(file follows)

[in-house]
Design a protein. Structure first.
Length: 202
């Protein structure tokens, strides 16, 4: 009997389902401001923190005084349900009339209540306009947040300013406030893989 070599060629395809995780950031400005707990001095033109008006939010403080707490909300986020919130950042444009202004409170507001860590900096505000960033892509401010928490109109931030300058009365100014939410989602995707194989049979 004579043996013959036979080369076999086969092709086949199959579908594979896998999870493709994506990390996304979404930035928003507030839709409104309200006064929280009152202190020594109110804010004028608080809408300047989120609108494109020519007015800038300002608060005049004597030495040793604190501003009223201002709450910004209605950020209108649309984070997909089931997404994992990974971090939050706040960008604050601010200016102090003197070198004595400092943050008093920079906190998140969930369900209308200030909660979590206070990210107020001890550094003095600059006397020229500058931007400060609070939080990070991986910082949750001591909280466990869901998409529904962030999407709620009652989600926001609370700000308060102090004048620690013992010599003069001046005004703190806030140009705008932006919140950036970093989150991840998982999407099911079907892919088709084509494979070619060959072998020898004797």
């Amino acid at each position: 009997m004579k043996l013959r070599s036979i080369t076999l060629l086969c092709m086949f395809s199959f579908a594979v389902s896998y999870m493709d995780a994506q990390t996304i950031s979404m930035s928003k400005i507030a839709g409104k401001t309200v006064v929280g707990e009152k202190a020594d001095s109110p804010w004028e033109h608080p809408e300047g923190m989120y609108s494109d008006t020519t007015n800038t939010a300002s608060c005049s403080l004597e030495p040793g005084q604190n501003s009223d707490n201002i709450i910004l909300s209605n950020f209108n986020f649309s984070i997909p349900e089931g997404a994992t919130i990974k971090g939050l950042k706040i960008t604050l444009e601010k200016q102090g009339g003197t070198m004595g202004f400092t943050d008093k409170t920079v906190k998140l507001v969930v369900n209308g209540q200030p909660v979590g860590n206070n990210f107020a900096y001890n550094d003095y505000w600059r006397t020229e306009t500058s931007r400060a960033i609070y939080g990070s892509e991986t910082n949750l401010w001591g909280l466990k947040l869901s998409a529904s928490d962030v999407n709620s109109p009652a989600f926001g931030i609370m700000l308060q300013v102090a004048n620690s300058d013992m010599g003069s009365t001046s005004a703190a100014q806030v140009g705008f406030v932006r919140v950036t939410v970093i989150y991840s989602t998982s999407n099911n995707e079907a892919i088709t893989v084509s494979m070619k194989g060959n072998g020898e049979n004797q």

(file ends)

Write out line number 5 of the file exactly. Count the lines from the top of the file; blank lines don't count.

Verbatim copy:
């Amino acid at each position: 009997m004579k043996l013959r070599s036979i080369t076999l060629l086969c092709m086949f395809s199959f579908a594979v389902s896998y999870m493709d995780a994506q990390t996304i950031s979404m930035s928003k400005i507030a839709g409104k401001t309200v006064v929280g707990e009152k202190a020594d001095s109110p804010w004028e033109h608080p809408e300047g923190m989120y609108s494109d008006t020519t007015n800038t939010a300002s608060c005049s403080l004597e030495p040793g005084q604190n501003s009223d707490n201002i709450i910004l909300s209605n950020f209108n986020f649309s984070i997909p349900e089931g997404a994992t919130i990974k971090g939050l950042k706040i960008t604050l444009e601010k200016q102090g009339g003197t070198m004595g202004f400092t943050d008093k409170t920079v906190k998140l507001v969930v369900n209308g209540q200030p909660v979590g860590n206070n990210f107020a900096y001890n550094d003095y505000w600059r006397t020229e306009t500058s931007r400060a960033i609070y939080g990070s892509e991986t910082n949750l401010w001591g909280l466990k947040l869901s998409a529904s928490d962030v999407n709620s109109p009652a989600f926001g931030i609370m700000l308060q300013v102090a004048n620690s300058d013992m010599g003069s009365t001046s005004a703190a100014q806030v140009g705008f406030v932006r919140v950036t939410v970093i989150y991840s989602t998982s999407n099911n995707e079907a892919i088709t893989v084509s494979m070619k194989g060959n072998g020898e049979n004797q």